Last week, the world’s largest corporation got listed on the Riyadh Stock Exchange at last, after significant delays in the last few years. On its second day of trading, Aramco reached the valuation of $2 trillion that has been coveted by Prince Mohammad bin Salman (MBS).
This IPO is so bizarre on a variety of fronts. To begin with, the buoyancy of the Aramco share price in the first few days of trading ran counter to lackluster performances of in energy companies with long track records as public companies, in the developed world or else. The global energy sector in general has not been much higher than their five year lows. Aramco’s IPO valuation at $1.7 billion is considered widely as already somewhat overvalued. Some investment bankers did not value Aramco much higher than Apple’s $1.2 trillion. It doesn’t give a strong logical reason for its share price to rally immediately after the IPO.
Aramco lacks a large investor base. Saudi Arabia is not a part of the MSCI World or All Country indices, of course, and has just got promoted to the MSCI Emerging Market index this past summer. Not being a part of the developed world gives global investors little reason to invest in a company that they consider overvalued. How MSCI treats Aramco is yet to be known, but Riyadh Stock Exchange caps the company’s weight at 15% in order to limit its outsized effect. Otherwise, the Aramco effectively becomes the market itself.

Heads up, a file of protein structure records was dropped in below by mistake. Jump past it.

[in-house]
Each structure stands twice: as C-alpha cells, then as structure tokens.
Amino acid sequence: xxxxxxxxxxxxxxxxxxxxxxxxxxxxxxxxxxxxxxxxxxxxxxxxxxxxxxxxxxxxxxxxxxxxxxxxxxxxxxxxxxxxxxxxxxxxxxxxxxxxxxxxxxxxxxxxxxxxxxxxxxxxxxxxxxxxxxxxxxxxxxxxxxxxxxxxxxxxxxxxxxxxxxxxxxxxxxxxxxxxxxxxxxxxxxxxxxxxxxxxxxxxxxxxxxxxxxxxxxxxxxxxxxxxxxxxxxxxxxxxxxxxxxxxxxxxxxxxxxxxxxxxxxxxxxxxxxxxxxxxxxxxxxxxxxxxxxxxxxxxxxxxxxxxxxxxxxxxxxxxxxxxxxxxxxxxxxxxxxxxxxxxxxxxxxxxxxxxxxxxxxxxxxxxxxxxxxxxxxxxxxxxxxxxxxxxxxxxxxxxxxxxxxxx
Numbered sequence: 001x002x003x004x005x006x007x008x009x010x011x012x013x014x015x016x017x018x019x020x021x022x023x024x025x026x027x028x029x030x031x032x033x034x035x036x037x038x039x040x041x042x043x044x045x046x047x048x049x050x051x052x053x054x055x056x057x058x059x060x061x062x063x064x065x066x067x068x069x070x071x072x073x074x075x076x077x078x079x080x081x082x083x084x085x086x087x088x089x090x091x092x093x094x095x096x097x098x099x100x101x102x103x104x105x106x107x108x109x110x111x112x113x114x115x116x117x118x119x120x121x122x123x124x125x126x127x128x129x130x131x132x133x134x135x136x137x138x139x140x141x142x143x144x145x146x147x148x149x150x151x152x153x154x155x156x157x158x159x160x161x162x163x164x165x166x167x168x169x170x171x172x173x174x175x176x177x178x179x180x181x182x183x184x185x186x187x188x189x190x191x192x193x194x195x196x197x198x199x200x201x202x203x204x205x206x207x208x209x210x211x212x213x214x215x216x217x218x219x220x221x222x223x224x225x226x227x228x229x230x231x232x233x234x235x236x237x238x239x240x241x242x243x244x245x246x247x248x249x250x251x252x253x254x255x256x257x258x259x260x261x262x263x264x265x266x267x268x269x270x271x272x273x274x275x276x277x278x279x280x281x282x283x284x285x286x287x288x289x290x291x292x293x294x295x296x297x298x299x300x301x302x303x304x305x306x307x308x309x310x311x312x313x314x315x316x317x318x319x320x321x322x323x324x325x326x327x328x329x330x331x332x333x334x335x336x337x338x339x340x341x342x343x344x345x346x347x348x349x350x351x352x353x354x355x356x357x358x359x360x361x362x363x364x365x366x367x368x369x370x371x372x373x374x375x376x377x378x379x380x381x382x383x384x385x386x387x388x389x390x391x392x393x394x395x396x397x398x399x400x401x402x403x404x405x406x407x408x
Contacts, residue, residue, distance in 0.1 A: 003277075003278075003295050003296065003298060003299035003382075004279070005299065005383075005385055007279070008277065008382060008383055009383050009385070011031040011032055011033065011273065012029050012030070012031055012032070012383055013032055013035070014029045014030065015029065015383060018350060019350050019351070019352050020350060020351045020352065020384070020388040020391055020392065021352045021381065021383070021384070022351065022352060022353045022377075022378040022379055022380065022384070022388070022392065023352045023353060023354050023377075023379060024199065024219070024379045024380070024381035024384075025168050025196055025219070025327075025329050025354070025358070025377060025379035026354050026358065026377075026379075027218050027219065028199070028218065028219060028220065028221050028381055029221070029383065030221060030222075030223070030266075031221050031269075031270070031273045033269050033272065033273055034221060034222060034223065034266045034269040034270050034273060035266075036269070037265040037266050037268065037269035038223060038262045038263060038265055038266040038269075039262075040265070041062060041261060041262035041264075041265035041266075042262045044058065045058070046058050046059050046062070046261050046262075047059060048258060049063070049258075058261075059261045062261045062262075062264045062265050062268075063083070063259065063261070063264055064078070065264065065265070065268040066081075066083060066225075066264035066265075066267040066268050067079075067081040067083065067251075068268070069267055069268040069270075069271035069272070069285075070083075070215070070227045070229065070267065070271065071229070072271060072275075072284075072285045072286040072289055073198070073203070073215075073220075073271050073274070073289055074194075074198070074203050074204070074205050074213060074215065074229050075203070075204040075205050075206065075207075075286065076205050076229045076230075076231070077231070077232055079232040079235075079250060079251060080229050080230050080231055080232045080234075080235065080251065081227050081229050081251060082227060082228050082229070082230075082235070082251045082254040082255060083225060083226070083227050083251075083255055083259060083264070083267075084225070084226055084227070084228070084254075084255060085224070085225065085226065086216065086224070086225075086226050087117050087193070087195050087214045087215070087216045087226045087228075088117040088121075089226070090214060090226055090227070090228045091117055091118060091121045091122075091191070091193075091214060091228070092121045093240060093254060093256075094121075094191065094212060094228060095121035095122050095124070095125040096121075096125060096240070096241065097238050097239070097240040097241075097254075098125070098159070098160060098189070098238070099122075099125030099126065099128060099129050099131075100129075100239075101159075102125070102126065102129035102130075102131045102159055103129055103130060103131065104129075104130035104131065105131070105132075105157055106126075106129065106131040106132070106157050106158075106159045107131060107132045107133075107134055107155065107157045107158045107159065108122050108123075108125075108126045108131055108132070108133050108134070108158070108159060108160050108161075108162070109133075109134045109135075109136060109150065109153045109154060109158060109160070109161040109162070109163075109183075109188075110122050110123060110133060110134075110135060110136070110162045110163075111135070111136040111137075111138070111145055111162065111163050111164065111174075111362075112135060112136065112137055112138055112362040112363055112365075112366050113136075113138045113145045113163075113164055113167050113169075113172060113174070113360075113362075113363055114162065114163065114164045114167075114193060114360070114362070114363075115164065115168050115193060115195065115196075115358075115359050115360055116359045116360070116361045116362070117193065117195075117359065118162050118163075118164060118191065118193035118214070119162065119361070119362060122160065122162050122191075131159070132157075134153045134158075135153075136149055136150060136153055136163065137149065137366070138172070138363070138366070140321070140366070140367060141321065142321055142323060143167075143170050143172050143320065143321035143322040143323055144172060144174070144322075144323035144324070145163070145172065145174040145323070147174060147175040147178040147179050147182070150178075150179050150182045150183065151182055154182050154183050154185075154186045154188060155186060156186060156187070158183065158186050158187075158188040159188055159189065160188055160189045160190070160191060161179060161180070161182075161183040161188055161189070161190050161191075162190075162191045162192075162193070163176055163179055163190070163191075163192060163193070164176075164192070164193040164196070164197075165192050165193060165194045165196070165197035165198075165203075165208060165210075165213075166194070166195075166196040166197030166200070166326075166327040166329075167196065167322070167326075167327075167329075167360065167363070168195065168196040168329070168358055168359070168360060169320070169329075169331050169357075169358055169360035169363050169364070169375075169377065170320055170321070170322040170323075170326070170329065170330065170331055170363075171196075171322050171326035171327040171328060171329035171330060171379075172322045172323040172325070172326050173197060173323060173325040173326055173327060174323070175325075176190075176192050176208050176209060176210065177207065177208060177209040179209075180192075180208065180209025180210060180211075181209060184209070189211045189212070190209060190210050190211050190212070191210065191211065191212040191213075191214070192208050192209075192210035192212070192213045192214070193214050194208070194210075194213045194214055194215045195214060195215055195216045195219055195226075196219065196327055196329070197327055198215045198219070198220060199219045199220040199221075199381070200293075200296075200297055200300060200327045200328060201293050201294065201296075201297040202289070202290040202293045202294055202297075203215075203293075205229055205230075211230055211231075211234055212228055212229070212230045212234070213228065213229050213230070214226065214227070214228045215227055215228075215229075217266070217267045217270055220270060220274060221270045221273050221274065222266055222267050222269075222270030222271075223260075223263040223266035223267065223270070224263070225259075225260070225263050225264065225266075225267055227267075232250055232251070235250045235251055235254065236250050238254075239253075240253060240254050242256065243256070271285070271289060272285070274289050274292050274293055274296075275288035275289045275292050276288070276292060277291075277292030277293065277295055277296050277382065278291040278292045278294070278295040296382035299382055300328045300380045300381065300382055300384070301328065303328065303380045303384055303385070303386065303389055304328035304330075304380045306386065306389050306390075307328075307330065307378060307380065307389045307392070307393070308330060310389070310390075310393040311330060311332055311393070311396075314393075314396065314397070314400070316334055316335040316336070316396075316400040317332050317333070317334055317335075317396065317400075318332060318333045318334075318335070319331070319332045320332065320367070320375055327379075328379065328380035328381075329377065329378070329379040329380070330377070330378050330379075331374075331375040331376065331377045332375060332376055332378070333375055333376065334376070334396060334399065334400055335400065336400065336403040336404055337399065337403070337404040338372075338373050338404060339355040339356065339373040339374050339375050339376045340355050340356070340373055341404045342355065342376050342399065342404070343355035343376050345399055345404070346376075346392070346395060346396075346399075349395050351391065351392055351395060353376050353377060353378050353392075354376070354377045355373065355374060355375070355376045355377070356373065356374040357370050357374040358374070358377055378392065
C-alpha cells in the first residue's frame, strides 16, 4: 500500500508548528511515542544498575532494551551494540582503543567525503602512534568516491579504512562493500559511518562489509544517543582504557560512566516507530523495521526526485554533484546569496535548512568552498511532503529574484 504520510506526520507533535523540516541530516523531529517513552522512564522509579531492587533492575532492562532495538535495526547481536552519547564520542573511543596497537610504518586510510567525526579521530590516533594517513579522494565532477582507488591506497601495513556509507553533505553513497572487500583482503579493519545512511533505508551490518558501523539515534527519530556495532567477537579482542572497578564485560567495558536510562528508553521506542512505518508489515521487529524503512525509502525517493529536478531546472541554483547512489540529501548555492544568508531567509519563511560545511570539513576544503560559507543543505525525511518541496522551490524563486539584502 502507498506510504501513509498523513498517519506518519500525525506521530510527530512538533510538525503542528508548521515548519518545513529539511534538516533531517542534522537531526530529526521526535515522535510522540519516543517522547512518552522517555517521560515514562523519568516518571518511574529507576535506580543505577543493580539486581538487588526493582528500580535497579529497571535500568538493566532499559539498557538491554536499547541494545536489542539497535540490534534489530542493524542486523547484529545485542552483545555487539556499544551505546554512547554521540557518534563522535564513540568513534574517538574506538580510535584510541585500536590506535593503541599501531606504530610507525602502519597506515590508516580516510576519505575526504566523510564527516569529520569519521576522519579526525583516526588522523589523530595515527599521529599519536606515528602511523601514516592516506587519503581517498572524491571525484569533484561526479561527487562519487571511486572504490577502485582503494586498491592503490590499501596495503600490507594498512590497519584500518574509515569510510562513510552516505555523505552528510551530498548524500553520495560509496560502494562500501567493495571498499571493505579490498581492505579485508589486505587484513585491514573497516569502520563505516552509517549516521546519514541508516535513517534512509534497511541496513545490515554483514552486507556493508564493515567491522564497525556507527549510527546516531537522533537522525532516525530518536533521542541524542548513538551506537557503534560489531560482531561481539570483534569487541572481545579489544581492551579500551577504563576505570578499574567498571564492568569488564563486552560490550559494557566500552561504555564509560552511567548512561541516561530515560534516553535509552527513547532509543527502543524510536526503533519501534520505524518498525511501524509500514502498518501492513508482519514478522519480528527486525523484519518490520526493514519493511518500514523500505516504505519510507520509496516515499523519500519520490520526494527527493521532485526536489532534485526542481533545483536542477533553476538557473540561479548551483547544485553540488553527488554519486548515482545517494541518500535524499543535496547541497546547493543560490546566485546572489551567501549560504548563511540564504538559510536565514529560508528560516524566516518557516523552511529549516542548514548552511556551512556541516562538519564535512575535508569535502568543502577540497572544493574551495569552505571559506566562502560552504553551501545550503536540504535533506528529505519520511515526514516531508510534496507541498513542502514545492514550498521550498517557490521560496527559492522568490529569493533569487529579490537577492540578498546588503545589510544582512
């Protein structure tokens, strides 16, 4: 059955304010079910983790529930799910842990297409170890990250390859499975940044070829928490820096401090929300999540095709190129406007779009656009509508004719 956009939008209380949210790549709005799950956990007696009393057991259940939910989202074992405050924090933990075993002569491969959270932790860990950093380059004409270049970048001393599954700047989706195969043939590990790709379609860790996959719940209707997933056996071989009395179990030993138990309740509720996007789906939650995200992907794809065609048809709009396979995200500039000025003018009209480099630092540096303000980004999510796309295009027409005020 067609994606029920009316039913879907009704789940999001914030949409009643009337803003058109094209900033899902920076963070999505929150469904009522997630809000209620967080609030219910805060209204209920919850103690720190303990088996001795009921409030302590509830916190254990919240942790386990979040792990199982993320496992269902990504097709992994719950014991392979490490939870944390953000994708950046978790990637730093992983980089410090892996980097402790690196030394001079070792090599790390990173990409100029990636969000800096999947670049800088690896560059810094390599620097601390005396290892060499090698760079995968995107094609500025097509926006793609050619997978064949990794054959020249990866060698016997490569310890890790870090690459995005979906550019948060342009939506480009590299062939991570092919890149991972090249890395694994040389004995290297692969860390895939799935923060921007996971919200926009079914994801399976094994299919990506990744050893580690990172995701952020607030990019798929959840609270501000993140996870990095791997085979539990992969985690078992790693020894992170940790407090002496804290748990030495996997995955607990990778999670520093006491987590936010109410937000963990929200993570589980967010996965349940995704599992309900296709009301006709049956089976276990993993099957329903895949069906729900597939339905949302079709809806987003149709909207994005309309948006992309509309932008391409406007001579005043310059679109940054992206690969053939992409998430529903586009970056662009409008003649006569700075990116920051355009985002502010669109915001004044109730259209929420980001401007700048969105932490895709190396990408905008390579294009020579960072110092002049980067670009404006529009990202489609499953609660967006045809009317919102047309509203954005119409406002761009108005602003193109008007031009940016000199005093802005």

Aramco earns $111 billion in profits after tax. At $2 trillion valuation, this would give a price/ earnings ratio of 19 times. It looks expensive, especially considering the long-term future of the business of drilling fossil fuels. From a different perspective, however, it may not be outrageous compared to Exxon-Mobile that is trading at 20 times. A cyclically-depressed industry can be granted a high P/E ration at its bottom, already looking into profit upturns in the near future. Aramco says it pays out $70 billion in dividends, and this gives a dividend yield of 3.5%. To anyone who cares about dividends, Exxon-Mobile that yields 5% is a better alternative.
Since the investor base in the developed world don’t care about Aramco. IPO offerings have been taken up largely by sovereign wealth funds in the Gulf states, in addition to local Saudi Arabians who lack accesses to investments outside their country. They are captive investors who can’t go elsewhere. To those who can go elsewhere, Aramco probably doesn’t matter. This limited investor base could stand in the way of efficient pricing of the company.